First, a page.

ADVICE

How to get a better night’s sleep

How to get a better night’s sleep

Just like brushing your teeth every morning, following a daily routine allows you to foster good health habits. When you’re out of your normal routine, on holidays for example, it can be easy for sleep patterns to get disrupted, too.

Going without sleep for too long makes you feel terrible, while getting a good night’s sleep can make  you feel ready to take on the world. So how can you sleep better? One way to do this is by tuning into your body’s internal clock and developing the habit of getting up and going to bed around the same time each day. Maintaining this pattern will make it easier to fall asleep and get up in the morning.

The consequences of inadequate sleep can be serious. In the short term, it can affect judgment, mood, mental health, immunity, metabolism and the ability to learn and retain information. Plus, it may increase the risk of serious accidents and injury. In the long term, chronic sleep deprivation may increase the risk of health conditions like obesity, diabetes and cardiovascular disease. It may even reduce life expectancy.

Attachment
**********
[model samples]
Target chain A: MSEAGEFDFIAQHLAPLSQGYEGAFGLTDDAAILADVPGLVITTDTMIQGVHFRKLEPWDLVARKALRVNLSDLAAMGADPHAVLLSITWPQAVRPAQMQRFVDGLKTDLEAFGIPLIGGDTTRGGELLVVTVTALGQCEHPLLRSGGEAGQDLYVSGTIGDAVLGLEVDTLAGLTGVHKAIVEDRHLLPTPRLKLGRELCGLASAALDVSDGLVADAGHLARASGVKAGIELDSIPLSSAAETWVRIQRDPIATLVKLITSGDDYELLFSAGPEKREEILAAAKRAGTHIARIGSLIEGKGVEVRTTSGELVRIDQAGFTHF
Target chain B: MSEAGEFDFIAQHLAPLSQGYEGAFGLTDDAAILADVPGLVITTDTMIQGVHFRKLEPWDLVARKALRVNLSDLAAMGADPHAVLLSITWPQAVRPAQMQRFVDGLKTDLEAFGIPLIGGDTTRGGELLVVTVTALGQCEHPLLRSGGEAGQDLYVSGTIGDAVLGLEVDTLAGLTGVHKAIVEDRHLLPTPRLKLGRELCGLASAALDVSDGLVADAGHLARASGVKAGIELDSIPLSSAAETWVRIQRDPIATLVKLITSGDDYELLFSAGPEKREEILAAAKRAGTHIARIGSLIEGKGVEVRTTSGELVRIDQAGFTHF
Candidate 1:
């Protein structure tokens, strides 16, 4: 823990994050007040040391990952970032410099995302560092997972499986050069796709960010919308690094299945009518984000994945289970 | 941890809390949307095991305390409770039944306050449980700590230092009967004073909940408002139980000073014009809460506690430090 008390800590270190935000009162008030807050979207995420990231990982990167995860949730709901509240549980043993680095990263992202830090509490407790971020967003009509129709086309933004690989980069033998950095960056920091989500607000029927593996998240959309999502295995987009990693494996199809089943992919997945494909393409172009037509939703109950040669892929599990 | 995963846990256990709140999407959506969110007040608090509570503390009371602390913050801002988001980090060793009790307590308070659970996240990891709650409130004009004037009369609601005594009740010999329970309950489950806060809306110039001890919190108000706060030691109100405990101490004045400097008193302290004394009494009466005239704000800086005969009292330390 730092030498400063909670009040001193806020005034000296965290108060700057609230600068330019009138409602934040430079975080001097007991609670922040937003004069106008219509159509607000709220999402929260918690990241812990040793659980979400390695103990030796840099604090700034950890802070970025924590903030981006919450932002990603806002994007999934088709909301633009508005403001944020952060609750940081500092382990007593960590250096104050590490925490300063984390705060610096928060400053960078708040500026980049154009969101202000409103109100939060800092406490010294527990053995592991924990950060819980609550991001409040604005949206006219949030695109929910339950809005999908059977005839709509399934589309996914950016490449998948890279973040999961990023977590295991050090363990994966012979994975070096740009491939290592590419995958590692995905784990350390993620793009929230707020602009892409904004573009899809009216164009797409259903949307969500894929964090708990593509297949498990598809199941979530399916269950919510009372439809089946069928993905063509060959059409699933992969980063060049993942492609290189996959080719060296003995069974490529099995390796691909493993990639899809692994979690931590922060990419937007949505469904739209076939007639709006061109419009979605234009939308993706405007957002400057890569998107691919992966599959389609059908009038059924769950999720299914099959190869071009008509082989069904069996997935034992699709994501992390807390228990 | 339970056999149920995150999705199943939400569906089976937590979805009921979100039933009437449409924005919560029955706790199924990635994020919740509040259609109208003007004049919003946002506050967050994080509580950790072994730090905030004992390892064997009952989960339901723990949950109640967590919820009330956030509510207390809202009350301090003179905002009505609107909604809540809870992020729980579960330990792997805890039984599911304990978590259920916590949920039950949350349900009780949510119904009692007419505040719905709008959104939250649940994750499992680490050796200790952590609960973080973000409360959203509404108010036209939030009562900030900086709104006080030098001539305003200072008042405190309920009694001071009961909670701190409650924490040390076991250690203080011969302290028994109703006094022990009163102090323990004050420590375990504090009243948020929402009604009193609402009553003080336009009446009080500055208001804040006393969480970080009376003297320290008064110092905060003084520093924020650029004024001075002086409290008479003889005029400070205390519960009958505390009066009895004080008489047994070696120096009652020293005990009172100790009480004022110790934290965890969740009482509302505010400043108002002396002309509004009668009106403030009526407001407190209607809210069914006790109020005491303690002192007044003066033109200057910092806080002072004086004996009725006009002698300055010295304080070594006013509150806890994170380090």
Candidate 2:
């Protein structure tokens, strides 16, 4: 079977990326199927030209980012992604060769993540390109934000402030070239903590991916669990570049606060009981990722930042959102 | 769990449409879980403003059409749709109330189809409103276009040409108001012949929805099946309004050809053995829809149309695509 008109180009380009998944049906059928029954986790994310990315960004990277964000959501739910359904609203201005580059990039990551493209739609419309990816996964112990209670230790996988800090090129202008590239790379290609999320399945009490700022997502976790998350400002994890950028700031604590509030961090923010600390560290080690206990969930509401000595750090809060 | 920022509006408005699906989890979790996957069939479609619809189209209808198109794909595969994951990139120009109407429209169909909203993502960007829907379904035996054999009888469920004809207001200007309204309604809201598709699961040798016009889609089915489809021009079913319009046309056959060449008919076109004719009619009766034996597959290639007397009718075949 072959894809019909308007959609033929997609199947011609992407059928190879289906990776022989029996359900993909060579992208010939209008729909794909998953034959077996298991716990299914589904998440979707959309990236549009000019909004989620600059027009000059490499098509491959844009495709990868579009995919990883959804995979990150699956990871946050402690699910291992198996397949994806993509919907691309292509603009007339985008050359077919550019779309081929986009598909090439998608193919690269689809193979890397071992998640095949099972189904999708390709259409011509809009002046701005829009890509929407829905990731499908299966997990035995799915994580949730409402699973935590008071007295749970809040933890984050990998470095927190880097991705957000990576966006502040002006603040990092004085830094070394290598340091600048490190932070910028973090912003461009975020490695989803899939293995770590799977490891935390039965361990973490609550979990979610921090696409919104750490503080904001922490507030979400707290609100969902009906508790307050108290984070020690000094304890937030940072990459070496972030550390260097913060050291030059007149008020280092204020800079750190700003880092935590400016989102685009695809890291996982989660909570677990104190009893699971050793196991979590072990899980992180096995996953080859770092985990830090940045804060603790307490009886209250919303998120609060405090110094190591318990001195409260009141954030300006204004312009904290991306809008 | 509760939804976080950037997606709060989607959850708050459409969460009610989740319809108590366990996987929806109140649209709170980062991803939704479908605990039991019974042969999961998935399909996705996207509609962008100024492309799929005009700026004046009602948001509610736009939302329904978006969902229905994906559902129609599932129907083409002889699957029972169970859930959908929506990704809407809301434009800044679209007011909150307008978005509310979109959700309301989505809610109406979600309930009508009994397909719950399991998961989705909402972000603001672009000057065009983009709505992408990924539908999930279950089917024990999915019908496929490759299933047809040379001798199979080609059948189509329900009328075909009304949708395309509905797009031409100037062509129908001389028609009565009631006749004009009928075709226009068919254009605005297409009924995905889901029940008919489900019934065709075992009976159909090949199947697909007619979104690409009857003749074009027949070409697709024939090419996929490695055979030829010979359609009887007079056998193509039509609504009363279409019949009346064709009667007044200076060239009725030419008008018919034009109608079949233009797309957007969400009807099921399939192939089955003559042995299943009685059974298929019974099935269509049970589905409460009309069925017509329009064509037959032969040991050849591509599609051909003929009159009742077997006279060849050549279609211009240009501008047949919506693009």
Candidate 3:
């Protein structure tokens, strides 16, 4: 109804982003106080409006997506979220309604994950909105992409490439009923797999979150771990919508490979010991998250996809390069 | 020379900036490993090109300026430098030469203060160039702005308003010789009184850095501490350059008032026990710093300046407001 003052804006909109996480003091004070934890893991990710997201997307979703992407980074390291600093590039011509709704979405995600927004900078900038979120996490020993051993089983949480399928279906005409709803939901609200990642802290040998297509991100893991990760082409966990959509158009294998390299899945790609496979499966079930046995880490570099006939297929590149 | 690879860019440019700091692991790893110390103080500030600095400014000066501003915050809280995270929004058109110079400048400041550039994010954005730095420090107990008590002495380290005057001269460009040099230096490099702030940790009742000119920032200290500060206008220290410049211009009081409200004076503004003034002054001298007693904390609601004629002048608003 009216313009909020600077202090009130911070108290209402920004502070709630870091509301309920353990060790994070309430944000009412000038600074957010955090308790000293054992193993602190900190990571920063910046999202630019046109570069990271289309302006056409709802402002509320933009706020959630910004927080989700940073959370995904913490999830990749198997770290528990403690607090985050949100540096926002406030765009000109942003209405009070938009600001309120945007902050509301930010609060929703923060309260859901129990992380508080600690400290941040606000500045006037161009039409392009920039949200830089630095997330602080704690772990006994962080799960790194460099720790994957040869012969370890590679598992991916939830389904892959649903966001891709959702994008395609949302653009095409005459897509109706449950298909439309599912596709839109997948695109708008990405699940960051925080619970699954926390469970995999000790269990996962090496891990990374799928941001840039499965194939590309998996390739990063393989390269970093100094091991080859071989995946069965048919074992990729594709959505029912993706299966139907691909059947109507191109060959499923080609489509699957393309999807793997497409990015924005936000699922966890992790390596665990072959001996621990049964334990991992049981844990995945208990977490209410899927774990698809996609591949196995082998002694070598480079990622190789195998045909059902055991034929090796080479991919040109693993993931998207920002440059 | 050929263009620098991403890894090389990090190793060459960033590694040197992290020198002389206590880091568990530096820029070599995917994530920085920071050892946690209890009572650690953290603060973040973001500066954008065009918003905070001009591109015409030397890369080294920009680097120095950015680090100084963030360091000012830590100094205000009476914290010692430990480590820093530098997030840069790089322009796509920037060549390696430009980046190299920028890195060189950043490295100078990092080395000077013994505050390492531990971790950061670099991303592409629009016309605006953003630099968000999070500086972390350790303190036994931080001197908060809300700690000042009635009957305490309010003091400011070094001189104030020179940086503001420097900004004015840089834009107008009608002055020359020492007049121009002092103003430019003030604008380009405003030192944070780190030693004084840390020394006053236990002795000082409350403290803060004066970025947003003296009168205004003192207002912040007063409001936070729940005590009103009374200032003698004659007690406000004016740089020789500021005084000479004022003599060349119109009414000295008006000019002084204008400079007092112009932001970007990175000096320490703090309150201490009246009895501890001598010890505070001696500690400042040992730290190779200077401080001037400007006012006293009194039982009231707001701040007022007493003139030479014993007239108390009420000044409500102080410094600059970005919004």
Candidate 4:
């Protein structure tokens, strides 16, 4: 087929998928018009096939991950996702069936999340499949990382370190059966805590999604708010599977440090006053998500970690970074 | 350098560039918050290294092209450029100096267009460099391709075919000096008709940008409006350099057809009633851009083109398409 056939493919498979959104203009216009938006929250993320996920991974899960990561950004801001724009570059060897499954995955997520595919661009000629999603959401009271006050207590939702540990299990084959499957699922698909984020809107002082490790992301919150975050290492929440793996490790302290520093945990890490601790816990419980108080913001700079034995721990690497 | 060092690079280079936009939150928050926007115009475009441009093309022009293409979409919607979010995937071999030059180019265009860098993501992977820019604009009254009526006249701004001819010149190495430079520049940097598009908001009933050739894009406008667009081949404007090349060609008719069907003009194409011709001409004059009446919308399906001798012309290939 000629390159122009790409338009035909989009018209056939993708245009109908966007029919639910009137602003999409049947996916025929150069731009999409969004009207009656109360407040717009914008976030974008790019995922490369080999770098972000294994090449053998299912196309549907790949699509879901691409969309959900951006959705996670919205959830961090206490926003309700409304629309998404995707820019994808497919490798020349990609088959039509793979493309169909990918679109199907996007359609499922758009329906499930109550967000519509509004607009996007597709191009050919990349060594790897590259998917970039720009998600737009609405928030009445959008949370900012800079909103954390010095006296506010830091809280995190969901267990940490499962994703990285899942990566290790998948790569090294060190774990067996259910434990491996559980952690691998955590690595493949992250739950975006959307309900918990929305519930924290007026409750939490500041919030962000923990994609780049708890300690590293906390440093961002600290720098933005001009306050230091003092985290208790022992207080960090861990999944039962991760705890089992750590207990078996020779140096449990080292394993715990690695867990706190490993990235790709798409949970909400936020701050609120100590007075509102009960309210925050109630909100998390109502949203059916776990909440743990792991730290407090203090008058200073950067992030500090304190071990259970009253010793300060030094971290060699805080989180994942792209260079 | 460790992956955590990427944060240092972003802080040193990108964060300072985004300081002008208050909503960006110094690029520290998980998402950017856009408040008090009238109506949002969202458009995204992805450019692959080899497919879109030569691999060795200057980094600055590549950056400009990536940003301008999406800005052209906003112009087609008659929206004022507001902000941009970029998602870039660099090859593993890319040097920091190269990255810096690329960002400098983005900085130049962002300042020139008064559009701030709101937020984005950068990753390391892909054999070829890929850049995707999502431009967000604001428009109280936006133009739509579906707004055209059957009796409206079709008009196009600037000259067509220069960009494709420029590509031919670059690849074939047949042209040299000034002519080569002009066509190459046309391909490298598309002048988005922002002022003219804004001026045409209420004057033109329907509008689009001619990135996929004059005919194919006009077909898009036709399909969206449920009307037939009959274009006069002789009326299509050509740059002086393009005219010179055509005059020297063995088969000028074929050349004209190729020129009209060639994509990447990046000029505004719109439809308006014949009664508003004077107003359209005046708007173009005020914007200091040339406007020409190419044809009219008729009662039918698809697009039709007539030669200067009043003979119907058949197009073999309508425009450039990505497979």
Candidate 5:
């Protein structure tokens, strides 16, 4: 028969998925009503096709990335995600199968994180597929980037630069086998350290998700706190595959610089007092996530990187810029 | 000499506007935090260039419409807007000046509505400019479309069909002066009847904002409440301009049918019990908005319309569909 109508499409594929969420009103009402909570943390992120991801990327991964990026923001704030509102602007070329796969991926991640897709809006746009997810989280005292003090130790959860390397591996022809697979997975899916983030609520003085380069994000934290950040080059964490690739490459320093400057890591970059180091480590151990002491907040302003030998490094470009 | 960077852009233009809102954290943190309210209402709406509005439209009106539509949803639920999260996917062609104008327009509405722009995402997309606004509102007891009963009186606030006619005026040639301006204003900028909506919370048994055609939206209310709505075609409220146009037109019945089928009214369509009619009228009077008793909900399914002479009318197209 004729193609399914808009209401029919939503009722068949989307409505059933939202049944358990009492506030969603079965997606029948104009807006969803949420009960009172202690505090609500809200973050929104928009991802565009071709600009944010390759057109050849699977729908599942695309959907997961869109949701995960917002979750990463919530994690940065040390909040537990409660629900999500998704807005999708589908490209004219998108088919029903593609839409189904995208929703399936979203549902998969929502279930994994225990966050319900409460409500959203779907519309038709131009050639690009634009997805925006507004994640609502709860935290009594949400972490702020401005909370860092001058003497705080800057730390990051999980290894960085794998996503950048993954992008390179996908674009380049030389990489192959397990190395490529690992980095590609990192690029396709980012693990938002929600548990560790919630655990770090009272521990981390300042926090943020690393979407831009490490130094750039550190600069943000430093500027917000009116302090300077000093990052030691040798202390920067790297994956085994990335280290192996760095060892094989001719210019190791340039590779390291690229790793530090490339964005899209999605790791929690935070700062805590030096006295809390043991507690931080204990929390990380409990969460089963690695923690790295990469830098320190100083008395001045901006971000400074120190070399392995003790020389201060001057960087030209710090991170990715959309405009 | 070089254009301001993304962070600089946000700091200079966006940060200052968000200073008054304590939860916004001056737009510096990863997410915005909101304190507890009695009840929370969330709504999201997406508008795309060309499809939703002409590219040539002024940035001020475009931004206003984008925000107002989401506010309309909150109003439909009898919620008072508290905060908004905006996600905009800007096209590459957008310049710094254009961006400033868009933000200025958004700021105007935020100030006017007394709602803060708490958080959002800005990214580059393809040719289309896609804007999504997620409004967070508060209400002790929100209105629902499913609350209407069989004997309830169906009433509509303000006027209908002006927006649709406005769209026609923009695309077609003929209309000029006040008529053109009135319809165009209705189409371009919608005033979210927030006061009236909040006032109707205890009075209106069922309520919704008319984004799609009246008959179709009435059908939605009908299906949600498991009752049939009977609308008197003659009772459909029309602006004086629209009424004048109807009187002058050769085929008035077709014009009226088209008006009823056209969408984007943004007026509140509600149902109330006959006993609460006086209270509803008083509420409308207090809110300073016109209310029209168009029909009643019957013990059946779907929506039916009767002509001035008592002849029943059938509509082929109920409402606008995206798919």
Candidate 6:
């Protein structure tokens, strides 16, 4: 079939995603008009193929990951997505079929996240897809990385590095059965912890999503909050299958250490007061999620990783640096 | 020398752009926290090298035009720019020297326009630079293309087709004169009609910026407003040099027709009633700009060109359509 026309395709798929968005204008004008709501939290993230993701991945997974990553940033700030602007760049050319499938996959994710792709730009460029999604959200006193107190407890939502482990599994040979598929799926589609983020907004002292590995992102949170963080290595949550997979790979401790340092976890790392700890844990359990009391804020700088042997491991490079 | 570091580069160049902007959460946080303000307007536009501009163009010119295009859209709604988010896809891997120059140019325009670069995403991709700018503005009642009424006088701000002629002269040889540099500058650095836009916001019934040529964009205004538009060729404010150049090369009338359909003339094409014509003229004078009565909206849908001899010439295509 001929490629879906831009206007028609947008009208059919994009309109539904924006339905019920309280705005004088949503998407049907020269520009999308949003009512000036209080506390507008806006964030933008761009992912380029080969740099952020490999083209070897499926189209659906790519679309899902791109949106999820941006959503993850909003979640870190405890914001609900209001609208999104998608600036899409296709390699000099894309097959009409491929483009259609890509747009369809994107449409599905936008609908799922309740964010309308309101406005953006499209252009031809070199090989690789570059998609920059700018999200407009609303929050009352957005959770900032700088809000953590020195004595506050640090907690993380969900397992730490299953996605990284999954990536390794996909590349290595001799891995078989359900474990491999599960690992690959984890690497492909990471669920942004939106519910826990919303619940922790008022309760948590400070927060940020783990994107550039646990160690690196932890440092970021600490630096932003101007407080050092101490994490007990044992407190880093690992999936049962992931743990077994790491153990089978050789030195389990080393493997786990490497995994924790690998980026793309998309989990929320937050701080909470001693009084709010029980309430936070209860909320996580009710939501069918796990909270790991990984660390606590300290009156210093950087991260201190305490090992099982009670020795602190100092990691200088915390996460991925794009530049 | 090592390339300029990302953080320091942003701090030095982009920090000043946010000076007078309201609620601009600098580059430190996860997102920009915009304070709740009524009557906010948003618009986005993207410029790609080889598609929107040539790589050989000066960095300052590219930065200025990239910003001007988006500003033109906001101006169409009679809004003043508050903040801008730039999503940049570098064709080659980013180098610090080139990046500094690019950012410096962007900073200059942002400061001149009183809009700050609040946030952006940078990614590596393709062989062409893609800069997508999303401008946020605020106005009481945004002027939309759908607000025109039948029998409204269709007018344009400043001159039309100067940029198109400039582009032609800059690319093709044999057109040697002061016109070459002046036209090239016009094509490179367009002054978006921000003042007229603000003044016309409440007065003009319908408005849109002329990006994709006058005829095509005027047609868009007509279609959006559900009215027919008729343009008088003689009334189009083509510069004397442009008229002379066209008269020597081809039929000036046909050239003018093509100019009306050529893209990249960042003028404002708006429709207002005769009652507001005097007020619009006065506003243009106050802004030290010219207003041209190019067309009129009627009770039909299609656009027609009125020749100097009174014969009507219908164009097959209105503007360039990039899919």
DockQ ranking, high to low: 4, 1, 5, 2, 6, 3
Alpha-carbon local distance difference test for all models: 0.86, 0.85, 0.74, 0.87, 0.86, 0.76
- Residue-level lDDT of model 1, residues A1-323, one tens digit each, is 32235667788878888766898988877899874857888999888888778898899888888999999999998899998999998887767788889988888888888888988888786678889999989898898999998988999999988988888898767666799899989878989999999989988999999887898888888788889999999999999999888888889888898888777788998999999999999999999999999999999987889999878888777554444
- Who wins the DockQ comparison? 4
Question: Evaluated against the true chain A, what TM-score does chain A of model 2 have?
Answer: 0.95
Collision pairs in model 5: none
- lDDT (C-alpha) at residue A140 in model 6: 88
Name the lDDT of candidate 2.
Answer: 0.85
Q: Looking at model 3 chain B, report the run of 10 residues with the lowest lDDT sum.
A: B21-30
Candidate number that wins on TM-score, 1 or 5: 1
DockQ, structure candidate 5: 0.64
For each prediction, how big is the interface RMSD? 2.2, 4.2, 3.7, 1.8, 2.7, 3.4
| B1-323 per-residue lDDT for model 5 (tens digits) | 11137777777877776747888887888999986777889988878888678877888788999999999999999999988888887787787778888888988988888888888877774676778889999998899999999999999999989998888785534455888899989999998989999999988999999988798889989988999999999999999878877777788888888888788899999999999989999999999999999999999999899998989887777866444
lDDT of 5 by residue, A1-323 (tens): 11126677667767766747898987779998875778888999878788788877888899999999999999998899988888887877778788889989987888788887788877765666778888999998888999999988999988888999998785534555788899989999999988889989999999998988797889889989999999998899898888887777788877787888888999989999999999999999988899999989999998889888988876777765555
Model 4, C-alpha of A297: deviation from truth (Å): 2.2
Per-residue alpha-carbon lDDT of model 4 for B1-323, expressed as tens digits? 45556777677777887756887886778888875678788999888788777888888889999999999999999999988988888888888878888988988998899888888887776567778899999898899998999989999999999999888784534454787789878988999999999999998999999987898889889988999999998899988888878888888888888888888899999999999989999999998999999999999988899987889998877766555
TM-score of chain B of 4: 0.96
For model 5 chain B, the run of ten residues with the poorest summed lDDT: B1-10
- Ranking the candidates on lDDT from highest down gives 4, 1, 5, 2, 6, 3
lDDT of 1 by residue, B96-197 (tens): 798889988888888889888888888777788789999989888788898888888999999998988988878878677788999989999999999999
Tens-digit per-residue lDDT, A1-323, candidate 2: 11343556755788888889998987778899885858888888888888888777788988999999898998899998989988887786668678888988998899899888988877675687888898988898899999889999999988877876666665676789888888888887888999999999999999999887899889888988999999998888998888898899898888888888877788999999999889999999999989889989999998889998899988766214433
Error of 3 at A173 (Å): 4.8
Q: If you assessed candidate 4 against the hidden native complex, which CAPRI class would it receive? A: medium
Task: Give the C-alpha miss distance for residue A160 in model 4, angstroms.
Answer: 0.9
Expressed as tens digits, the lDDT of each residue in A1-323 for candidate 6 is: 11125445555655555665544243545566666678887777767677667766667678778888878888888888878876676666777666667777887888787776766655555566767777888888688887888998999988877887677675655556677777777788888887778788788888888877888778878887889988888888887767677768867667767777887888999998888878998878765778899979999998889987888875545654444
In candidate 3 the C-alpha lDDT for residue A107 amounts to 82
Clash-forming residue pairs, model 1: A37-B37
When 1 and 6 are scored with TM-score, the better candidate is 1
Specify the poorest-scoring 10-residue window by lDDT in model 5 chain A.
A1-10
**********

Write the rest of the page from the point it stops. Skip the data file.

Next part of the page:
Your challenge: Build and maintain a good sleep routine

For this challenge, try to commit to a consistent daily bedtime and wake-up time so you can get yourself into a good routine. Where possible, allow half an hour or an hour free from screens before you go to bed. Electronic screens emit blue light that can suppress the sleep hormone melatonin.

If you work shifts and can’t stick to a regular routine, aim to get at least seven hours of consecutive sleep in a dark, cool room. Using an eye mask and ear plugs may minimise disturbances while you sleep.

How to make it happen!

Try these tips to help build and maintain a good sleep routine:

  • Keep your room cool and dark when trying to sleep
  • Unwind before bed with a good book, bath or some meditation
  • Avoid using electronic devices 15 to 30 minutes before going to sleep. Even better, remove mobiles and electronic devices from your bedroom
  • Use an eye mask and earplugs
  • Try mediation apps such as CALM or Headspace
  • If you find it hard to shut your brain off, keep a notepad on your side table and write down any ideas, thoughts, worries and ‘to-dos’ that are running through you mind. Feel confident you’ll manage them after a good night’s sleep
  • Avoid caffeine in the afternoon and limit your combined consumption of tea and coffee to a couple of cups of day.
  • Limit or eliminate alcohol
  • Exercise regularly
  • Spend at least 20 minutes outside every day
  • If you work shifts, talk to the people you live with about how they can help you get uninterrupted sleep.
First published: Jan 2022
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